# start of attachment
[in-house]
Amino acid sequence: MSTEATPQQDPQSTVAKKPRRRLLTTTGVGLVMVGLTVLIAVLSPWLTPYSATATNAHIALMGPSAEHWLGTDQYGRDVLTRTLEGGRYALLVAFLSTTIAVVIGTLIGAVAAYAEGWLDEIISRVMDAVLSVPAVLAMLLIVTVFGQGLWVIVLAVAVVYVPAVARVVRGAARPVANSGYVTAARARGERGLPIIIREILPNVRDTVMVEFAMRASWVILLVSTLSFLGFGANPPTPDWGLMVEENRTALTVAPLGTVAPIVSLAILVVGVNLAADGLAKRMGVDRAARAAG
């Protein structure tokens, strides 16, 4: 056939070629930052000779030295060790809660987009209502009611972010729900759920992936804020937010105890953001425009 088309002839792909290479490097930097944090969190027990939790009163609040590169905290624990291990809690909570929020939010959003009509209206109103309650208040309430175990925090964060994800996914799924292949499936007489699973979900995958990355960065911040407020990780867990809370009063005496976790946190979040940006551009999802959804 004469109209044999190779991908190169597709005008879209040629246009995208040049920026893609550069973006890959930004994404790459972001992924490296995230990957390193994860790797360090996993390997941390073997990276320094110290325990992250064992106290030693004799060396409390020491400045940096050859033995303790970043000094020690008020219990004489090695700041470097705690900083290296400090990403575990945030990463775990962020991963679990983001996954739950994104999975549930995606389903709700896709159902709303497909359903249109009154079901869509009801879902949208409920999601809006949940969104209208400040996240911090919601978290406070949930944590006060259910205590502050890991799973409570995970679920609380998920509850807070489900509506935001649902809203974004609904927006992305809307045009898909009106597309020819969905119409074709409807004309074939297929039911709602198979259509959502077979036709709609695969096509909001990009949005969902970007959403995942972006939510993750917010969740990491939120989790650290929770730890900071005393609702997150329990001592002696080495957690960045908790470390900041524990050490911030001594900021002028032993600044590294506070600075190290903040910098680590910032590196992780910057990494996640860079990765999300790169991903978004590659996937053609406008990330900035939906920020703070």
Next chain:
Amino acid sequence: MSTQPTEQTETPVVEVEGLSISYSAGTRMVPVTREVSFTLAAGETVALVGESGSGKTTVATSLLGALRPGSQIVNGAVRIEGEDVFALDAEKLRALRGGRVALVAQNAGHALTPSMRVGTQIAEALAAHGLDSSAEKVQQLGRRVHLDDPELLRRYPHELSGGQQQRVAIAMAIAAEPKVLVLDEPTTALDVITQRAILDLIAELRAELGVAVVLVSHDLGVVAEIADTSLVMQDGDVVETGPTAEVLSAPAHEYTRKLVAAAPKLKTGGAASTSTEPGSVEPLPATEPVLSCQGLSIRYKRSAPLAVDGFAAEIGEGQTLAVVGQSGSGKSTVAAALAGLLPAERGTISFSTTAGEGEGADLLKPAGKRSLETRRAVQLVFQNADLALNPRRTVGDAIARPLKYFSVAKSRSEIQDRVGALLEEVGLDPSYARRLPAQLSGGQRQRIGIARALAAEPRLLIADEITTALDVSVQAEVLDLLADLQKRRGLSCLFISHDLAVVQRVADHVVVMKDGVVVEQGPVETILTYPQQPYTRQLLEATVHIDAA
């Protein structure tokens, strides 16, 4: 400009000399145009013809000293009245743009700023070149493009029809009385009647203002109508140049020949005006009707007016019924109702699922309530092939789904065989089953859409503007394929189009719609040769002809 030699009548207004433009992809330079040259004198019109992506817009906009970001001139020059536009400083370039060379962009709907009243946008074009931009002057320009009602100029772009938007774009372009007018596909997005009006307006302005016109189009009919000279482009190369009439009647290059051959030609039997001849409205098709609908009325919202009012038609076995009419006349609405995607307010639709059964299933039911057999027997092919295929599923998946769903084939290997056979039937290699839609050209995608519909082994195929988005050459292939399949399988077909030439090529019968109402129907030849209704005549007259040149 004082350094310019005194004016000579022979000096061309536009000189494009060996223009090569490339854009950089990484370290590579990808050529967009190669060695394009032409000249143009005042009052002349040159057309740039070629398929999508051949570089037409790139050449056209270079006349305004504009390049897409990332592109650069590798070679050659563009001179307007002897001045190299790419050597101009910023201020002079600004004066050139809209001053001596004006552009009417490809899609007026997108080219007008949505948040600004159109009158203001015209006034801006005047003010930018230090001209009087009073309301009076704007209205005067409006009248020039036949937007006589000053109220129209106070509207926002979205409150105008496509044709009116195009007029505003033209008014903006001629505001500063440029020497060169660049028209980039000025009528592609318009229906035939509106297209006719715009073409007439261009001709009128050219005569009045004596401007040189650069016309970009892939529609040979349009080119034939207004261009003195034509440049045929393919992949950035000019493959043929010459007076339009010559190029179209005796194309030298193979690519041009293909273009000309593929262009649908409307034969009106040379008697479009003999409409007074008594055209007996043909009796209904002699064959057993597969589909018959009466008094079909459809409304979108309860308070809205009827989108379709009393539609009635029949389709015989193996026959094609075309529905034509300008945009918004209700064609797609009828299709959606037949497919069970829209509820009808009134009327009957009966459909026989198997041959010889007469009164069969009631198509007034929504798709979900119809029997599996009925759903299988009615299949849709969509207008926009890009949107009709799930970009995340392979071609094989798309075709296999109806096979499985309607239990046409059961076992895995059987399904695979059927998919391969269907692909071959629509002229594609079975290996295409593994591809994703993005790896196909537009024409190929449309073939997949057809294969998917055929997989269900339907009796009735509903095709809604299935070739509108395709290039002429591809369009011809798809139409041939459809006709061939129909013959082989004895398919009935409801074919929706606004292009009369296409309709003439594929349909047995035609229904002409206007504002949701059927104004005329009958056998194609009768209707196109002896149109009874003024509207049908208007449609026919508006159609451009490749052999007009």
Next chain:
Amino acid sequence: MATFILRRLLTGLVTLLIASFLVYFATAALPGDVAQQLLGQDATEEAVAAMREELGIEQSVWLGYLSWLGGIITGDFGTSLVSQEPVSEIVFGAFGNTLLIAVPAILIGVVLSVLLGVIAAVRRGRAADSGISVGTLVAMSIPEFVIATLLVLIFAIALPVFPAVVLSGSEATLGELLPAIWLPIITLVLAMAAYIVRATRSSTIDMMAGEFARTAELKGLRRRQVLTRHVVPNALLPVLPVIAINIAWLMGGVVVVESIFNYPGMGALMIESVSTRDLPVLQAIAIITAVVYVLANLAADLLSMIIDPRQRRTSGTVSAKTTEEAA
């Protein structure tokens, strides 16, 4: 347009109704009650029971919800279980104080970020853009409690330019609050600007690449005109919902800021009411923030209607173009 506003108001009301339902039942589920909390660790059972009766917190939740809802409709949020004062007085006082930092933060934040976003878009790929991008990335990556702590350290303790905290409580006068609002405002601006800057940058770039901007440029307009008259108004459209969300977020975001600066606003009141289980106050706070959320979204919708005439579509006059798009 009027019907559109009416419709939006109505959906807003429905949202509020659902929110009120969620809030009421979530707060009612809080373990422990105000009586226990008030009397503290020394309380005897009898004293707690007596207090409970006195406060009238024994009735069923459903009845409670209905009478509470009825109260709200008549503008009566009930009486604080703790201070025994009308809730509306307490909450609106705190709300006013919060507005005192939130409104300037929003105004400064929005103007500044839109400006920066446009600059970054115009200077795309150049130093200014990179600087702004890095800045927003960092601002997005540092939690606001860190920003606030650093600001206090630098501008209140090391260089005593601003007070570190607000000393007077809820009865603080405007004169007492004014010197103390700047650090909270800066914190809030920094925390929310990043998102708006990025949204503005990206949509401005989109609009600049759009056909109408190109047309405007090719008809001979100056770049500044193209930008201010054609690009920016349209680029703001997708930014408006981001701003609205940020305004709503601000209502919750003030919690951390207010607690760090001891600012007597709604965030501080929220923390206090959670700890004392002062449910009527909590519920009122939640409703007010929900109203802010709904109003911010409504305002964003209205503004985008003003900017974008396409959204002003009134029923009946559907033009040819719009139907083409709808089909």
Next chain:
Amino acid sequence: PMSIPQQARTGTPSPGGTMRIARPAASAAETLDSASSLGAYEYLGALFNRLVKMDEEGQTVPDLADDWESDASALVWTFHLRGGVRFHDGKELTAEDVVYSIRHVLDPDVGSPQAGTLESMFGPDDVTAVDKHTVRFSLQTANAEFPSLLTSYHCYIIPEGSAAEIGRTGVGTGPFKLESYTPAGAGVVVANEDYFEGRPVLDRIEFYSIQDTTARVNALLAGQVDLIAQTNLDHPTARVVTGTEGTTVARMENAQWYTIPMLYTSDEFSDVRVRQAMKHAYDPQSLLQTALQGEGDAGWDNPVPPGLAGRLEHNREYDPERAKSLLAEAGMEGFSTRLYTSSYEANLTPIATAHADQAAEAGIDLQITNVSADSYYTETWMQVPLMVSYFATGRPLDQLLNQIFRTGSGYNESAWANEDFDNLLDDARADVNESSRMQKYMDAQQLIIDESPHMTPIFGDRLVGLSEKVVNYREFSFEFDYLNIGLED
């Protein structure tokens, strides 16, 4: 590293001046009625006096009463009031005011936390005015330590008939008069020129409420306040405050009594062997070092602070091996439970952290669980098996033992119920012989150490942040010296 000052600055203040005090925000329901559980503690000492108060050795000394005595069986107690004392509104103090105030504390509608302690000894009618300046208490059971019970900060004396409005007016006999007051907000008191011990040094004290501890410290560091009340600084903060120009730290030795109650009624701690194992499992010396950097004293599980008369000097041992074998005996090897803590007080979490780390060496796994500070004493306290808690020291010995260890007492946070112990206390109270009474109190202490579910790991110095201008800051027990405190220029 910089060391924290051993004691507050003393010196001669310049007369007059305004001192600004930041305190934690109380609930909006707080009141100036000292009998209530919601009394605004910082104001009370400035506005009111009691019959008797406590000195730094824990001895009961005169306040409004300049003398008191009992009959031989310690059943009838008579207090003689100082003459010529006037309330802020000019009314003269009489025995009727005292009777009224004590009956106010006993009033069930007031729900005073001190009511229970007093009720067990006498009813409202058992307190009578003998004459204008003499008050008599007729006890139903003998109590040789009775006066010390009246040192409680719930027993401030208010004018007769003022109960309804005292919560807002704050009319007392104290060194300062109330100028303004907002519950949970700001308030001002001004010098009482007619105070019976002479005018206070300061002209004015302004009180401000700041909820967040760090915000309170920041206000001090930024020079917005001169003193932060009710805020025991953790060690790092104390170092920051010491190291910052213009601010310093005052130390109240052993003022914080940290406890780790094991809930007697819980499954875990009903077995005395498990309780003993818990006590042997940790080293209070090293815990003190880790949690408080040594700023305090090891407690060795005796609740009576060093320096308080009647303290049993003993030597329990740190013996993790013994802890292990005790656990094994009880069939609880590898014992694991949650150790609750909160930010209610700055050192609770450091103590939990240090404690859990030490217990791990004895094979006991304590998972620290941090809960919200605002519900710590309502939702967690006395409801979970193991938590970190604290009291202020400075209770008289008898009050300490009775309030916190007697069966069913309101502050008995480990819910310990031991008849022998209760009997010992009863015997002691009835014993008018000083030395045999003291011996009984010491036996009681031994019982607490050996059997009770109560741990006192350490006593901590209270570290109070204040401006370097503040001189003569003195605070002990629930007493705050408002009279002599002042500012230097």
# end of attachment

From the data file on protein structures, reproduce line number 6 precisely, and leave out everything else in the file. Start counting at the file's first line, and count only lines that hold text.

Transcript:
């Protein structure tokens, strides 16, 4: 400009000399145009013809000293009245743009700023070149493009029809009385009647203002109508140049020949005006009707007016019924109702699922309530092939789904065989089953859409503007394929189009719609040769002809 030699009548207004433009992809330079040259004198019109992506817009906009970001001139020059536009400083370039060379962009709907009243946008074009931009002057320009009602100029772009938007774009372009007018596909997005009006307006302005016109189009009919000279482009190369009439009647290059051959030609039997001849409205098709609908009325919202009012038609076995009419006349609405995607307010639709059964299933039911057999027997092919295929599923998946769903084939290997056979039937290699839609050209995608519909082994195929988005050459292939399949399988077909030439090529019968109402129907030849209704005549007259040149 004082350094310019005194004016000579022979000096061309536009000189494009060996223009090569490339854009950089990484370290590579990808050529967009190669060695394009032409000249143009005042009052002349040159057309740039070629398929999508051949570089037409790139050449056209270079006349305004504009390049897409990332592109650069590798070679050659563009001179307007002897001045190299790419050597101009910023201020002079600004004066050139809209001053001596004006552009009417490809899609007026997108080219007008949505948040600004159109009158203001015209006034801006005047003010930018230090001209009087009073309301009076704007209205005067409006009248020039036949937007006589000053109220129209106070509207926002979205409150105008496509044709009116195009007029505003033209008014903006001629505001500063440029020497060169660049028209980039000025009528592609318009229906035939509106297209006719715009073409007439261009001709009128050219005569009045004596401007040189650069016309970009892939529609040979349009080119034939207004261009003195034509440049045929393919992949950035000019493959043929010459007076339009010559190029179209005796194309030298193979690519041009293909273009000309593929262009649908409307034969009106040379008697479009003999409409007074008594055209007996043909009796209904002699064959057993597969589909018959009466008094079909459809409304979108309860308070809205009827989108379709009393539609009635029949389709015989193996026959094609075309529905034509300008945009918004209700064609797609009828299709959606037949497919069970829209509820009808009134009327009957009966459909026989198997041959010889007469009164069969009631198509007034929504798709979900119809029997599996009925759903299988009615299949849709969509207008926009890009949107009709799930970009995340392979071609094989798309075709296999109806096979499985309607239990046409059961076992895995059987399904695979059927998919391969269907692909071959629509002229594609079975290996295409593994591809994703993005790896196909537009024409190929449309073939997949057809294969998917055929997989269900339907009796009735509903095709809604299935070739509108395709290039002429591809369009011809798809139409041939459809006709061939129909013959082989004895398919009935409801074919929706606004292009009369296409309709003439594929349909047995035609229904002409206007504002949701059927104004005329009958056998194609009768209707196109002896149109009874003024509207049908208007449609026919508006159609451009490749052999007009």